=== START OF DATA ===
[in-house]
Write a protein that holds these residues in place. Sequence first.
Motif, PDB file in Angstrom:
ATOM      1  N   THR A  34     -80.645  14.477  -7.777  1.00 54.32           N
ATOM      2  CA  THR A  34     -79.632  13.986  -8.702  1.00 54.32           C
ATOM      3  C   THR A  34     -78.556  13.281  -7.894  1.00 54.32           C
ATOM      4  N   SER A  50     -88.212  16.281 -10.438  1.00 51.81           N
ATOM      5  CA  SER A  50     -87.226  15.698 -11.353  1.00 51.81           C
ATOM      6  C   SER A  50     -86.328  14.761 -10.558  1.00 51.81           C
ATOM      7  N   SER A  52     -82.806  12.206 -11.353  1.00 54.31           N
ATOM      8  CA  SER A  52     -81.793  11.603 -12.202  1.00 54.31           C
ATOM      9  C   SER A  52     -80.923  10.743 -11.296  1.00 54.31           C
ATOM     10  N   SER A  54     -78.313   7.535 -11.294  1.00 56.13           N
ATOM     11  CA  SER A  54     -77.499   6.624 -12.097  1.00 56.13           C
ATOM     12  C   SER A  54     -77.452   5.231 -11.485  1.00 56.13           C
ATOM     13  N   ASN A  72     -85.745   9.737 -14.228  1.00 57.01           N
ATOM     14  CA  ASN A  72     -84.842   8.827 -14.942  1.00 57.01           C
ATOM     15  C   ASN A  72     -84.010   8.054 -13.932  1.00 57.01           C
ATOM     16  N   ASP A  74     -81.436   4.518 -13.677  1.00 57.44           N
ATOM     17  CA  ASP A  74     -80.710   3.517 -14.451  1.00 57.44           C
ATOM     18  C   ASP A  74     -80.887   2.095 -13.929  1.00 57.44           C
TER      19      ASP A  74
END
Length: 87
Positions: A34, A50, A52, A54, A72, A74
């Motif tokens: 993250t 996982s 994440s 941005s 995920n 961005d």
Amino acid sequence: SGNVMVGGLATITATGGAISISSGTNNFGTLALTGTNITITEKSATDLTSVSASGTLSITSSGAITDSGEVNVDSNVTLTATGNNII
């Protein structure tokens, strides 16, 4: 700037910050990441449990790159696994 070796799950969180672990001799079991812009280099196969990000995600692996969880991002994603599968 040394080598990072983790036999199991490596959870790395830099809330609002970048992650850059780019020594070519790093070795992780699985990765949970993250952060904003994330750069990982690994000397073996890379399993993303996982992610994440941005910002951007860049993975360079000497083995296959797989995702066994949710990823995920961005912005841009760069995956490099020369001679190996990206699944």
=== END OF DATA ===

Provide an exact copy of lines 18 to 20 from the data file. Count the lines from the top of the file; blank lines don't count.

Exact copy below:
ATOM     15  C   ASN A  72     -84.010   8.054 -13.932  1.00 57.01           C
ATOM     16  N   ASP A  74     -81.436   4.518 -13.677  1.00 57.44           N
ATOM     17  CA  ASP A  74     -80.710   3.517 -14.451  1.00 57.44           C